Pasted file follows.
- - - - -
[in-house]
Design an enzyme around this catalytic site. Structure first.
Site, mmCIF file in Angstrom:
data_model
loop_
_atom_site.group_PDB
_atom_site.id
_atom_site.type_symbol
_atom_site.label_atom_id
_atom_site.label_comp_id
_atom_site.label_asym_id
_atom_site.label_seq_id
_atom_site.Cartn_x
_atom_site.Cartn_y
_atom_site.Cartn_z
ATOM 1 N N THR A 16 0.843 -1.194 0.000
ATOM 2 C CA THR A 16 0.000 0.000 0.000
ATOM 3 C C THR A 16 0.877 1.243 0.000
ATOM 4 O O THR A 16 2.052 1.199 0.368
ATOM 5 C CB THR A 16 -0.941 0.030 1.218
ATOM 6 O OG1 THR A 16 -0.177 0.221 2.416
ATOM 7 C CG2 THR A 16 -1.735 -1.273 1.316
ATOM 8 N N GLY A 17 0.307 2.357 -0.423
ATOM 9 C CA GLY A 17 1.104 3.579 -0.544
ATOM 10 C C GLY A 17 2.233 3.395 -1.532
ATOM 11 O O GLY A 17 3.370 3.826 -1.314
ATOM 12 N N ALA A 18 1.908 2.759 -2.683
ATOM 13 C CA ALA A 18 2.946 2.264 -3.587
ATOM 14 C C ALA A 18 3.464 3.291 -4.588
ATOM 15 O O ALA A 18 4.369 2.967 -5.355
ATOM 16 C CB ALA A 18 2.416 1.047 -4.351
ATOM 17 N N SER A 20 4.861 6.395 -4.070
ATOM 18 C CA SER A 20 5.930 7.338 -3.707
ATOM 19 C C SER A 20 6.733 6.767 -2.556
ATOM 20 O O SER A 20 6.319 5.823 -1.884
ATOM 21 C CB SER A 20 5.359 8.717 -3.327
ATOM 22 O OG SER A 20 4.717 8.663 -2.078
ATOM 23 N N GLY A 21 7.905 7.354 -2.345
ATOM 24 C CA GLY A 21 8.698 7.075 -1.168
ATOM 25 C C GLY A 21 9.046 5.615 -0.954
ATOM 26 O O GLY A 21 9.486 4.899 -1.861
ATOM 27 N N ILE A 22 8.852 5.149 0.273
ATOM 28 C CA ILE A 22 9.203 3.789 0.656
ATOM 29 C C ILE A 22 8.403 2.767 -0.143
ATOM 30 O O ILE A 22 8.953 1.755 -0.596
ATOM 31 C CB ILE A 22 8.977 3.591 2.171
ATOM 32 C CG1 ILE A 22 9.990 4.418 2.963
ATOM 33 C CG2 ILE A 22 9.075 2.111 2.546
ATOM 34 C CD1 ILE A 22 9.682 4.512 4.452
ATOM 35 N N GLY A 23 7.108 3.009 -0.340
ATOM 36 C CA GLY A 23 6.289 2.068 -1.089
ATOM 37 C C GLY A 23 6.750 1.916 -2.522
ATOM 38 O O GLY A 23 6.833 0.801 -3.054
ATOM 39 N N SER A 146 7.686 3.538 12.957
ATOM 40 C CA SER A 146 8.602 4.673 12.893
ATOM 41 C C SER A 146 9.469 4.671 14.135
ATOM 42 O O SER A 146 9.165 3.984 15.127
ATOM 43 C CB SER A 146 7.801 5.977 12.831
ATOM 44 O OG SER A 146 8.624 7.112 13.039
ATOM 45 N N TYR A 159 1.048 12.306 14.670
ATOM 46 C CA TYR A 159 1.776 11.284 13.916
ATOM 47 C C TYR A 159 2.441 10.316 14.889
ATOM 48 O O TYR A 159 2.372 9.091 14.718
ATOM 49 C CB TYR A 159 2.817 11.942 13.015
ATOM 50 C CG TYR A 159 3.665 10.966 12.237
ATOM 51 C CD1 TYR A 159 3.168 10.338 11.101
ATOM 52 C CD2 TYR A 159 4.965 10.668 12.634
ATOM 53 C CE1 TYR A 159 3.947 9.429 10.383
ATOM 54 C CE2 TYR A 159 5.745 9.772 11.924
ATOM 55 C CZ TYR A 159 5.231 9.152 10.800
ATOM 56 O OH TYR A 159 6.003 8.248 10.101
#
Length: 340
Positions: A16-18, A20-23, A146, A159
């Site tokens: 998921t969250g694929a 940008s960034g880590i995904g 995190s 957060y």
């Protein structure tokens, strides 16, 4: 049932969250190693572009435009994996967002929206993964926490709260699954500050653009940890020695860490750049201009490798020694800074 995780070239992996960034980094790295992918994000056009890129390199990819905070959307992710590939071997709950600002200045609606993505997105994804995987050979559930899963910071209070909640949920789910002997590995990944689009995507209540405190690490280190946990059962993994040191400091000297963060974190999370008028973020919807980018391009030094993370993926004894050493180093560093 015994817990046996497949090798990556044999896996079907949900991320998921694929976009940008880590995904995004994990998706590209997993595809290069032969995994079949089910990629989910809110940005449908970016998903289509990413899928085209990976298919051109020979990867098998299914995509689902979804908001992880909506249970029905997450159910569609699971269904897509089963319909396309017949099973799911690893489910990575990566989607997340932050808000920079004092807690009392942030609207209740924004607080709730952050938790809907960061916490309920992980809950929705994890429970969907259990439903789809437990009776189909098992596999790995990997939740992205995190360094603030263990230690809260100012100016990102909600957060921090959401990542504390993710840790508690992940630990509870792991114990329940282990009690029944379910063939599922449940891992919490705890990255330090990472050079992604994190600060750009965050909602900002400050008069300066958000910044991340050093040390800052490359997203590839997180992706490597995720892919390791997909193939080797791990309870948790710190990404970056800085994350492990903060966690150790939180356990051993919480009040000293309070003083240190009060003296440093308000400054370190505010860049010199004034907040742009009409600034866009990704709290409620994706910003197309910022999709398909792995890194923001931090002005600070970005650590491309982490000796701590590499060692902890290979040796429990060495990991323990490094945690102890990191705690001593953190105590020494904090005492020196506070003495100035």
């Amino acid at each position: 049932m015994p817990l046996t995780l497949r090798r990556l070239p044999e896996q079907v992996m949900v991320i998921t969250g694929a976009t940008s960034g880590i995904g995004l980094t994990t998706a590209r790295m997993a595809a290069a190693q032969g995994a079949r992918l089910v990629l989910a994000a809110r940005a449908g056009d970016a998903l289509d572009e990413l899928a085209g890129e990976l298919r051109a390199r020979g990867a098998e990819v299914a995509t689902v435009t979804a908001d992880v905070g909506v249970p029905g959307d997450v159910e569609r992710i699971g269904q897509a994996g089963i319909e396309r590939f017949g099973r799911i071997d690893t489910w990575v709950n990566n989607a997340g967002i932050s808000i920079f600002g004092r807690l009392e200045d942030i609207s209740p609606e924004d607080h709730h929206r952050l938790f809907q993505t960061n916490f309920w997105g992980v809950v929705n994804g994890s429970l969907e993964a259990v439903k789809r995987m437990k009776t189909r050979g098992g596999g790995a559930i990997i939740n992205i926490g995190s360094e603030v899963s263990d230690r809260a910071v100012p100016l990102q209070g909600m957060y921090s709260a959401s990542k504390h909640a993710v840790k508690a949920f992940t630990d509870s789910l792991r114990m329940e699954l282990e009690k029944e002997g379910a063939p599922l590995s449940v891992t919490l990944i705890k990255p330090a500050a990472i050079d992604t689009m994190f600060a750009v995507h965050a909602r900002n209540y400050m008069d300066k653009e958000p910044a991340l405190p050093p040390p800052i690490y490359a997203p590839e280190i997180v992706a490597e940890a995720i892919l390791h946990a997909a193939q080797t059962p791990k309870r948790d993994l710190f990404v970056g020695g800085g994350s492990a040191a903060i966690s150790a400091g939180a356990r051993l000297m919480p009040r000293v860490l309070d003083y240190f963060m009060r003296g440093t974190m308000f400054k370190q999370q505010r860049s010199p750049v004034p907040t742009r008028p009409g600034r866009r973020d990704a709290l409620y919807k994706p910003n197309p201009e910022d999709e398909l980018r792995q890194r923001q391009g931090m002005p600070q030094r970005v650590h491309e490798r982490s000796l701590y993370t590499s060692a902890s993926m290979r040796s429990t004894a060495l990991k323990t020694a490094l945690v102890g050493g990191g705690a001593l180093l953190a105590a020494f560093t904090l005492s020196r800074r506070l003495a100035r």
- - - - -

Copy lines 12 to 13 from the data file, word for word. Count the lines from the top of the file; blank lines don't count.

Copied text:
_atom_site.label_seq_id
_atom_site.Cartn_x